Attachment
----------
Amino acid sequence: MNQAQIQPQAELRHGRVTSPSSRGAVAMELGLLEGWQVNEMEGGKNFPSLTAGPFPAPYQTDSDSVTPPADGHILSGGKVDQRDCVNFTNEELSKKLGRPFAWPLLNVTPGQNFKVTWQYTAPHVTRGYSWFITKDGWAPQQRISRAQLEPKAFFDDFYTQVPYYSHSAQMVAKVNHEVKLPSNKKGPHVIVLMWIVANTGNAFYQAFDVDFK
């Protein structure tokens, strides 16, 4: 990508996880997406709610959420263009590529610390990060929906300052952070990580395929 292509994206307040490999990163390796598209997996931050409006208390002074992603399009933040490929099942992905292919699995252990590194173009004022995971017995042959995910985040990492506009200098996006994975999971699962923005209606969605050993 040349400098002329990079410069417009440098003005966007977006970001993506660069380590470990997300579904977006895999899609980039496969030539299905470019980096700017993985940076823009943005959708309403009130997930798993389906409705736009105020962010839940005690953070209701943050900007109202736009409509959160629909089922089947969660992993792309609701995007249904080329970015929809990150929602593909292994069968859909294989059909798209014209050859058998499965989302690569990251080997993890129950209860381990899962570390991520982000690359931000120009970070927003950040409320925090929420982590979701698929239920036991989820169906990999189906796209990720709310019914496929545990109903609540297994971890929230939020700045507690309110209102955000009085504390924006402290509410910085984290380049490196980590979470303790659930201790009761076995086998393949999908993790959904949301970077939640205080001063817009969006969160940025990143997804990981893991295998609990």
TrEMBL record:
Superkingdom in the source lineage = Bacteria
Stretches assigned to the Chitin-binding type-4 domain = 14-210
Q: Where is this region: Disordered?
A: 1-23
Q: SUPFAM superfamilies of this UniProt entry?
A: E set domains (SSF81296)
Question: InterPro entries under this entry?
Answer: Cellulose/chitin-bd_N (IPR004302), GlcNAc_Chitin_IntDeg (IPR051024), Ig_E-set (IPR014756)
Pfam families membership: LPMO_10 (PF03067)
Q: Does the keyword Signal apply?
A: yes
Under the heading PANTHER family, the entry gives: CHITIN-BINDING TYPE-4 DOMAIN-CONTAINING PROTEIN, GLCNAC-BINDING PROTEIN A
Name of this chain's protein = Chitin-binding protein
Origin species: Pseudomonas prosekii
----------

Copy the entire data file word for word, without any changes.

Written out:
Amino acid sequence: MNQAQIQPQAELRHGRVTSPSSRGAVAMELGLLEGWQVNEMEGGKNFPSLTAGPFPAPYQTDSDSVTPPADGHILSGGKVDQRDCVNFTNEELSKKLGRPFAWPLLNVTPGQNFKVTWQYTAPHVTRGYSWFITKDGWAPQQRISRAQLEPKAFFDDFYTQVPYYSHSAQMVAKVNHEVKLPSNKKGPHVIVLMWIVANTGNAFYQAFDVDFK
């Protein structure tokens, strides 16, 4: 990508996880997406709610959420263009590529610390990060929906300052952070990580395929 292509994206307040490999990163390796598209997996931050409006208390002074992603399009933040490929099942992905292919699995252990590194173009004022995971017995042959995910985040990492506009200098996006994975999971699962923005209606969605050993 040349400098002329990079410069417009440098003005966007977006970001993506660069380590470990997300579904977006895999899609980039496969030539299905470019980096700017993985940076823009943005959708309403009130997930798993389906409705736009105020962010839940005690953070209701943050900007109202736009409509959160629909089922089947969660992993792309609701995007249904080329970015929809990150929602593909292994069968859909294989059909798209014209050859058998499965989302690569990251080997993890129950209860381990899962570390991520982000690359931000120009970070927003950040409320925090929420982590979701698929239920036991989820169906990999189906796209990720709310019914496929545990109903609540297994971890929230939020700045507690309110209102955000009085504390924006402290509410910085984290380049490196980590979470303790659930201790009761076995086998393949999908993790959904949301970077939640205080001063817009969006969160940025990143997804990981893991295998609990």
TrEMBL record:
Superkingdom in the source lineage = Bacteria
Stretches assigned to the Chitin-binding type-4 domain = 14-210
Q: Where is this region: Disordered?
A: 1-23
Q: SUPFAM superfamilies of this UniProt entry?
A: E set domains (SSF81296)
Question: InterPro entries under this entry?
Answer: Cellulose/chitin-bd_N (IPR004302), GlcNAc_Chitin_IntDeg (IPR051024), Ig_E-set (IPR014756)
Pfam families membership: LPMO_10 (PF03067)
Q: Does the keyword Signal apply?
A: yes
Under the heading PANTHER family, the entry gives: CHITIN-BINDING TYPE-4 DOMAIN-CONTAINING PROTEIN, GLCNAC-BINDING PROTEIN A
Name of this chain's protein = Chitin-binding protein
Origin species: Pseudomonas prosekii